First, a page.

Befriending the KKK: Documentary star to lecture on relieving racial tensions
Documentary star to lecture on relieving racial tensions
When one thinks of hate groups like the Ku Klux Klan (KKK), they often don’t think about being courteous.
Grand Valley State University's Office of Multicultural Affairs (OMA) will host “Accidental Courtesy," a lecture from Daryl Davis about relieving racial tensions, Tuesday, Feb. 20, from 1 p.m. to 2:30 p.m. in the Kirkhof Center Grand River Room.
Davis will discuss his experiences encountering leaders of the KKK to demonstrate the importance of building relationships in a society that is gradually becoming more diverse.
Davis is the star and author of the documentary “Accidental Courtesy: Daryl Davis, Race & America” directed by Matthew Ornstein, which was released on Netflix in 2016. This social and cultural documentary follows the story of Davis, an African-American musician with the goal of changing racist mindsets.
In the documentary, Davis meets and befriends some members of the KKK, hoping to broaden their points of view toward the black community. Eventually, he manages to talk to some of the members and make them reconsider their beliefs. There are members who end up leaving the Klan and turn to support Davis by giving him their white robes, the renowned uniform of the extremist movement. Davis keeps their robes and hoods to build a collection of stories and people to hopefully build a museum of the Klan.
“It’s about how he interacts with members of the KKK and his experience working with people who don’t agree with who he stands for as a person,” said Britney Underwood, a graduate assistant in the OMA. “Students will learn his journey and the reason as to why he started to do this. The most important component here is that he’s able to interact with these members and make them denounce their membership to the KKK after befriending him.”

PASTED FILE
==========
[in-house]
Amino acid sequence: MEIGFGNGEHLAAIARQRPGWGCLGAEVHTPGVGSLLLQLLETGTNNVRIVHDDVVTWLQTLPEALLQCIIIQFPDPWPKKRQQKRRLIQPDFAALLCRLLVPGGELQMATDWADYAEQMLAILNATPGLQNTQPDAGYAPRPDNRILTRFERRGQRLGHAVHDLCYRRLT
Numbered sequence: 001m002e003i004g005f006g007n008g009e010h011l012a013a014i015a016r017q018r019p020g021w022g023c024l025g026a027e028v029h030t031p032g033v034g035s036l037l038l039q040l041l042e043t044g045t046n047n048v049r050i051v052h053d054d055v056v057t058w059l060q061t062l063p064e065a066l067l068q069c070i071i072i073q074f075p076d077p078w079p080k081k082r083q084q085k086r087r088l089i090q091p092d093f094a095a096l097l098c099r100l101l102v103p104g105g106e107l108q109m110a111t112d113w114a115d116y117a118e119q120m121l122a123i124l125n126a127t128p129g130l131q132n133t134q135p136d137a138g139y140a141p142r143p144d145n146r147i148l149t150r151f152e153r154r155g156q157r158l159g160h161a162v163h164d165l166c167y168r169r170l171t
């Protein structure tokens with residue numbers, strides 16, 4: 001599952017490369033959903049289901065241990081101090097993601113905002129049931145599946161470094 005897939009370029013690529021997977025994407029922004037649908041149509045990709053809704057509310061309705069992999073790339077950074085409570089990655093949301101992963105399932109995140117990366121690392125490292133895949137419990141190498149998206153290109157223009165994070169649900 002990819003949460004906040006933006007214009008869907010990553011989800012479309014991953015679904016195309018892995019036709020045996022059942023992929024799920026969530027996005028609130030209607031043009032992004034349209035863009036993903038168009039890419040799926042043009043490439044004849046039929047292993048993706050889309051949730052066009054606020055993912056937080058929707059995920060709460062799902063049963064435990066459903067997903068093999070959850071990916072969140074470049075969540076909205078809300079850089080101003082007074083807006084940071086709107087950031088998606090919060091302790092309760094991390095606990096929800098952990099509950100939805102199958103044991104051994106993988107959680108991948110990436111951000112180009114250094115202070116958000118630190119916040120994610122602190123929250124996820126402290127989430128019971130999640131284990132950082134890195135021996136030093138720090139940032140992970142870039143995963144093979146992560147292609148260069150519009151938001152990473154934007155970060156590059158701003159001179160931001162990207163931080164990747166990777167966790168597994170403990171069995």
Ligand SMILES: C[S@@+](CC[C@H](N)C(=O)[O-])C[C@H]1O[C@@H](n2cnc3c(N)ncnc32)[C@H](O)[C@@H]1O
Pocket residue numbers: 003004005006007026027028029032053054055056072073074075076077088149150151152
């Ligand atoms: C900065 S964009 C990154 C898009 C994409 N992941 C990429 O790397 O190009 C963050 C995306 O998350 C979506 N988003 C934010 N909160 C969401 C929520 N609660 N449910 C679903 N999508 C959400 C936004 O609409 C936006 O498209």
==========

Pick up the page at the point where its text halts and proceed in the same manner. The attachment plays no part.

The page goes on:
Underwood and members of the OMA hope that bringing Davis to GVSU will serve as an opportunity for students to gain a new perspective.
“This gives students an outlet to explore a different avenue of having a conversation with people who may or may not agree with them,” she said. “That’s the reason why we decided to bring Davis to the campus. I’d personally like students to take away the different perspective that Daryl offers.
"In this time of social media and racial discrimination, it’s very easy to walk away from this. From the outside looking in, it may look like he’s trying to get to the ‘other side,’ but what he truly offers is another perspective to tackling racial discrimination in a way that many may not see.”
Davis' method could serve as a new way of approaching difficulties for those who attend.
“If he’s able to talk to members of a hate group against other races such as the KKK, here (at) GVSU we hope that people may learn how to talk with people with whom they disagree," Underwood said.
In an op-ed for The Washington Post, Davis authored his perspectives on being able to overcome racial tensions.
“How can anybody hate me when you don’t even know me?” he wrote.
Davis poses this question as a way to make people open their minds to conversation. He strongly believes that conversation can relieve tension. His aim is not to convert people and change their points of view as “hateful, violent racists.” All he asks for is a conversation for understanding.
“I’ve seen firsthand that when two enemies are talking, they are not fighting,” he wrote. “They may be yelling and beating their fists on the table, but at least they are talking. Violence happens only when talking has stopped."
Davis' documentary, which won several film festival awards in 2016, will be screened in the OMA office (Kirkhof Center, Room 1240) on Friday, Feb. 16, at noon. His lecture is LIB 100- and 201-approved.